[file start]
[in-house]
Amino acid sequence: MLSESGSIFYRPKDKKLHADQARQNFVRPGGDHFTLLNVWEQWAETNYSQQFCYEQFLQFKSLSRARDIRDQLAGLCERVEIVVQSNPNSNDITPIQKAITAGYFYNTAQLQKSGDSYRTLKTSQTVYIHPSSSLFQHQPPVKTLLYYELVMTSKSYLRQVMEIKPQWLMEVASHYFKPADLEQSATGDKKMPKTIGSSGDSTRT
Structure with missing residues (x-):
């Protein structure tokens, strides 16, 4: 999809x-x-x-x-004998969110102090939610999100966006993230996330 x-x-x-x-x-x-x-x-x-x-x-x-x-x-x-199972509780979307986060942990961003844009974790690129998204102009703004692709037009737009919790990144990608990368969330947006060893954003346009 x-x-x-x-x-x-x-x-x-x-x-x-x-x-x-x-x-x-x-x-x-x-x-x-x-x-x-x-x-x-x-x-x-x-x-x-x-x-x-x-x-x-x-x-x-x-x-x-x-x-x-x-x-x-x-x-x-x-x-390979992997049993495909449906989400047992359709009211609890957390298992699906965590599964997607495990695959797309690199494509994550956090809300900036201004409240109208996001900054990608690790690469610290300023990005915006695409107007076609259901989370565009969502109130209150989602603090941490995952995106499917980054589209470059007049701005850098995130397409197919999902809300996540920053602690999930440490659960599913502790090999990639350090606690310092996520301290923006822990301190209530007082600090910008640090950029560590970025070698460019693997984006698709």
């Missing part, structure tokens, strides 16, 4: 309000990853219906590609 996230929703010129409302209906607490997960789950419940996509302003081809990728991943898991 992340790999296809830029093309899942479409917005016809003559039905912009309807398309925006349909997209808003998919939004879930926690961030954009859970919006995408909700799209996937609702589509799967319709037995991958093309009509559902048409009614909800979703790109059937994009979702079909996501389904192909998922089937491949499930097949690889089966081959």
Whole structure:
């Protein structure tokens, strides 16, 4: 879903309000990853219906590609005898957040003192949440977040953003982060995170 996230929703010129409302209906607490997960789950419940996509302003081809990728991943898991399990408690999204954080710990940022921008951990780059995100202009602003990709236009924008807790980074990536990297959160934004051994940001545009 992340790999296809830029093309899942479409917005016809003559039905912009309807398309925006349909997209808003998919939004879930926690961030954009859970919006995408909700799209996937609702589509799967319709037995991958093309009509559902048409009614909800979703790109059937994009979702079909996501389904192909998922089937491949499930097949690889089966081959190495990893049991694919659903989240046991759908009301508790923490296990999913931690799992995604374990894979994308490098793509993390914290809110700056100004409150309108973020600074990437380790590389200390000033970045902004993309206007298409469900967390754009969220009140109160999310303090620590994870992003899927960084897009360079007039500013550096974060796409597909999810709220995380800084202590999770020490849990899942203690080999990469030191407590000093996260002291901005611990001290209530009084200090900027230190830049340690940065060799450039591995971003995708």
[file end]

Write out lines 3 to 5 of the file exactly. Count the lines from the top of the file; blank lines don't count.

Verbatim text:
Structure with missing residues (x-):
């Protein structure tokens, strides 16, 4: 999809x-x-x-x-004998969110102090939610999100966006993230996330 x-x-x-x-x-x-x-x-x-x-x-x-x-x-x-199972509780979307986060942990961003844009974790690129998204102009703004692709037009737009919790990144990608990368969330947006060893954003346009 x-x-x-x-x-x-x-x-x-x-x-x-x-x-x-x-x-x-x-x-x-x-x-x-x-x-x-x-x-x-x-x-x-x-x-x-x-x-x-x-x-x-x-x-x-x-x-x-x-x-x-x-x-x-x-x-x-x-x-390979992997049993495909449906989400047992359709009211609890957390298992699906965590599964997607495990695959797309690199494509994550956090809300900036201004409240109208996001900054990608690790690469610290300023990005915006695409107007076609259901989370565009969502109130209150989602603090941490995952995106499917980054589209470059007049701005850098995130397409197919999902809300996540920053602690999930440490659960599913502790090999990639350090606690310092996520301290923006822990301190209530007082600090910008640090950029560590970025070698460019693997984006698709």
């Missing part, structure tokens, strides 16, 4: 309000990853219906590609 996230929703010129409302209906607490997960789950419940996509302003081809990728991943898991 992340790999296809830029093309899942479409917005016809003559039905912009309807398309925006349909997209808003998919939004879930926690961030954009859970919006995408909700799209996937609702589509799967319709037995991958093309009509559902048409009614909800979703790109059937994009979702079909996501389904192909998922089937491949499930097949690889089966081959």